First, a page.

“Lily Brass, you’re crazy! He’s JUST a smelly little brother—“ Bingo grumbled, even though she secretly thought Jameshew James Grissom was pretty amazing. He blew spit bubbles and could suck his own toes and had an adorable little crowing sound he made whenever she did faces for him. The only two things that annoyed her were his diapers, which never had anything fun about them, and his lung power, especially before Mom could settle down with him the wicker rocking chair to nurse.


“Well he IS. I wish I had one,” Lily commented wistfully, leaning over to get a better look at him. “I’m only going to be a aunt soon, not a big sister.” Squirt slept on, little chest moving in regular rhythm. Bingo smiled.


“Watch this—“ She stuck a finger through the mesh and lightly stroked her brother’s shoulder; in his sleep, Squirt broke into a happy pink-gummed smile. Lily laughed softly.


“Cutie! Mom loves babysitting him you know. When we do, she changes his outfits like, ten times.”


“Along with his diapers I bet. Daddy says that’s the reason we call him Squirt, you know . . .”


Their voices floated up, drifting into the open windows of the second story, where Grissom stood listening, bare-chested, clean shirt in his hands. He started as two cool hands slid around his shoulders and a voice whispered in one of his ears.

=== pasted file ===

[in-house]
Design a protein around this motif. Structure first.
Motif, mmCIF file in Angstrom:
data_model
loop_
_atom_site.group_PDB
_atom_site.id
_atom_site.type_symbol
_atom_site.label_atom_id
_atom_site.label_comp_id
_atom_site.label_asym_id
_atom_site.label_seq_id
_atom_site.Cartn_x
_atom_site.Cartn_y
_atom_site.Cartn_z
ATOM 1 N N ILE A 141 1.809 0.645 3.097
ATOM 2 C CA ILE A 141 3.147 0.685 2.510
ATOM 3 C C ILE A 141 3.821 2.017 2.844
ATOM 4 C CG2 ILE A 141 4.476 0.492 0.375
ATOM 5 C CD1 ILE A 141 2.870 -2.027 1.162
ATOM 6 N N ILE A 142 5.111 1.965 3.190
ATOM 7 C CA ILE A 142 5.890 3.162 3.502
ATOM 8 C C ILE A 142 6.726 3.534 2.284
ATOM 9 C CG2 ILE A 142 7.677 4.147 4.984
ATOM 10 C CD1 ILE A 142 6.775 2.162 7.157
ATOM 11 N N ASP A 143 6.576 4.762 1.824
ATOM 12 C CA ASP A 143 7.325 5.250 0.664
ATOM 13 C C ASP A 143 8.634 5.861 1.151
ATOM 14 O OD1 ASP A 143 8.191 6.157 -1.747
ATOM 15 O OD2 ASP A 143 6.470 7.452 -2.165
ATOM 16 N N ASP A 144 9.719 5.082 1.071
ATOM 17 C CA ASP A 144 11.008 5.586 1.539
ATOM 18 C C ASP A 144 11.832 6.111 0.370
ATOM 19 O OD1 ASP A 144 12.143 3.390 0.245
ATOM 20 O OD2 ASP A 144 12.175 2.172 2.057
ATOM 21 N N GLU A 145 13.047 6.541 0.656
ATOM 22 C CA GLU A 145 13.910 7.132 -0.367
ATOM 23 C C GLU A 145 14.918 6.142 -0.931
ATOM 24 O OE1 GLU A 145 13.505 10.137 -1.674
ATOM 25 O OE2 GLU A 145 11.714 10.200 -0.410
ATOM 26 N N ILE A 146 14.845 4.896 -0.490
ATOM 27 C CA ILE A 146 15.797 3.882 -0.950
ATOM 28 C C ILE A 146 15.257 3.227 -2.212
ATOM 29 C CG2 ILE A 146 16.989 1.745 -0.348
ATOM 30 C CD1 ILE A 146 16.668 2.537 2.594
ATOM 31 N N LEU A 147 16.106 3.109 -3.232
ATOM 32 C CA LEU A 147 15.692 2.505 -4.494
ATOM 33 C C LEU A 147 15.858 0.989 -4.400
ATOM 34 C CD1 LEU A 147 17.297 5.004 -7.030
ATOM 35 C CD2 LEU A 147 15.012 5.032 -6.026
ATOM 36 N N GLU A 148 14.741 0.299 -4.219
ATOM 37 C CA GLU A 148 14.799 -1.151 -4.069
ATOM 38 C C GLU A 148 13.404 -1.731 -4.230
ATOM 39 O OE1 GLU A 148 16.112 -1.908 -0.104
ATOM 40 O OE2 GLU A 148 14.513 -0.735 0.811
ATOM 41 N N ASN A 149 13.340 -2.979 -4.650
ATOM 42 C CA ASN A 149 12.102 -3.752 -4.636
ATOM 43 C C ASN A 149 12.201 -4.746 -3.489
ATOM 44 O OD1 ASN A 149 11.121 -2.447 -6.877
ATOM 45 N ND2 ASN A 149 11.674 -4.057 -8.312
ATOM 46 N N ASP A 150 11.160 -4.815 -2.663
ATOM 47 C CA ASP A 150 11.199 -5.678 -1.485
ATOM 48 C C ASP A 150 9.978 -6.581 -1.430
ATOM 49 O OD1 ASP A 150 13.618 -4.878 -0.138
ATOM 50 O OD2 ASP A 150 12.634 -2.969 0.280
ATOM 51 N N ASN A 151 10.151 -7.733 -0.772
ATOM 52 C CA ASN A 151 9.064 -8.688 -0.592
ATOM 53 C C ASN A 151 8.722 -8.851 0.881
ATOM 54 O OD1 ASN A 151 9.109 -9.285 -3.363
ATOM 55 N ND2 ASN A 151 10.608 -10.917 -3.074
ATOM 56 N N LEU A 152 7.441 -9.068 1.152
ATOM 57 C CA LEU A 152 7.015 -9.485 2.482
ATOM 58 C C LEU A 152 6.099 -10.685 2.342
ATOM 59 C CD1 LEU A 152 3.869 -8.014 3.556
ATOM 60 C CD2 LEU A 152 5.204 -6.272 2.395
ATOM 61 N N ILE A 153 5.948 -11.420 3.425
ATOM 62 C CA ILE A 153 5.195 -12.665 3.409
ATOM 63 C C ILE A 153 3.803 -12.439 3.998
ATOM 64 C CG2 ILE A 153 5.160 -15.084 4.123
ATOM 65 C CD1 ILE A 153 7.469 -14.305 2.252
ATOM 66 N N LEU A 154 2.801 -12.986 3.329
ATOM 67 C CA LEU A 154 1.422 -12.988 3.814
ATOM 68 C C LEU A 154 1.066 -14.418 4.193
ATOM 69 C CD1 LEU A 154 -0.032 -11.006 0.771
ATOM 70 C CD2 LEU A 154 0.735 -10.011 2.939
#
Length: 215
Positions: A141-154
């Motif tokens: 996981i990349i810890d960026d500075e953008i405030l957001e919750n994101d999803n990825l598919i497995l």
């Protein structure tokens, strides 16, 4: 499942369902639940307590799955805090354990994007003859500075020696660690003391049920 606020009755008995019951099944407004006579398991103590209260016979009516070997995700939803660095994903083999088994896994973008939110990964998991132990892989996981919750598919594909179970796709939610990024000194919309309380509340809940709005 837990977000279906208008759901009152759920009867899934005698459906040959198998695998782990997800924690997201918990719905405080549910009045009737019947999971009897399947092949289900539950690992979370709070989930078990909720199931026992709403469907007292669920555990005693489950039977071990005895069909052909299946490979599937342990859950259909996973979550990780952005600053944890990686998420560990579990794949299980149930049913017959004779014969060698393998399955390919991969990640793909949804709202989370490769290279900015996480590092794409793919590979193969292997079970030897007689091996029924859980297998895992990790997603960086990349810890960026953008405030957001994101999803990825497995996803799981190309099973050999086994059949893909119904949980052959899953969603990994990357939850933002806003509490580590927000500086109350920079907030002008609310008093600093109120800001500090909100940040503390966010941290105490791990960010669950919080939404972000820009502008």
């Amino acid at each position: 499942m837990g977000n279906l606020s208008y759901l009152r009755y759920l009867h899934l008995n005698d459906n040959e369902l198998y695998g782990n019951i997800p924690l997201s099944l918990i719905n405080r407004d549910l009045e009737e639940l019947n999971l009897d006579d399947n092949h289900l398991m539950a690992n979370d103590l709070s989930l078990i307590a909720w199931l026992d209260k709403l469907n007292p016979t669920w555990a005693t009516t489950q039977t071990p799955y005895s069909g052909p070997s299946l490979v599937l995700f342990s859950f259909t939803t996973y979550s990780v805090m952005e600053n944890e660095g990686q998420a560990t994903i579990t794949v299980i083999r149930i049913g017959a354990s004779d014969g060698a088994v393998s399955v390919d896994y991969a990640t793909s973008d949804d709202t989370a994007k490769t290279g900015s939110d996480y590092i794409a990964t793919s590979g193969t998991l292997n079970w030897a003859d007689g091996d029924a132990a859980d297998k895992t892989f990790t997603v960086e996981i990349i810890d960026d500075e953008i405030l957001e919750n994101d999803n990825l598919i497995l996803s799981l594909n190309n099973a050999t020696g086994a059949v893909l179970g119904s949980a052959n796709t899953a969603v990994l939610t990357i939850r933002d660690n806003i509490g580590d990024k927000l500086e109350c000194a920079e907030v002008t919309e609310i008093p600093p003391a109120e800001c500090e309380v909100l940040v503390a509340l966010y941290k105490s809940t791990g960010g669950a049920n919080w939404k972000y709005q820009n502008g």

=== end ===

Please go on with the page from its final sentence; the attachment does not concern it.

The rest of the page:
“Hey there—“ came the soft coo. He smiled.


“Hey yourself. Nap okay?”


“Just fine. Is Squirt still down?”


“We’d hear about it if he wasn’t. As long as Lily and Bingo don’t wake him up, we’re good for about an hour until he makes his needs known.”


“Mmmmm—what would it take for his mother to make HER needs known around here?”


Grissom smirked and dropped his shirt. Turning, he caught Sara in his arms and slowly herded her back towards the bed.


“Gil, the door, the window--” Sara whispered to him even as she reached for his belt buckle. He unbuttoned her blouse and nuzzled her collarbones.


“The former, locked. As for the latter . . . well, we’ll just have to be very, very quiet . . .”


Sara smothered her chuckle against his broad bare shoulder. “You smell like bleach,” she commented, enjoying the tender caress of his hands over her swollen chest. Grissom gave a shrug, lightly looming over her on all fours, smiling down at her.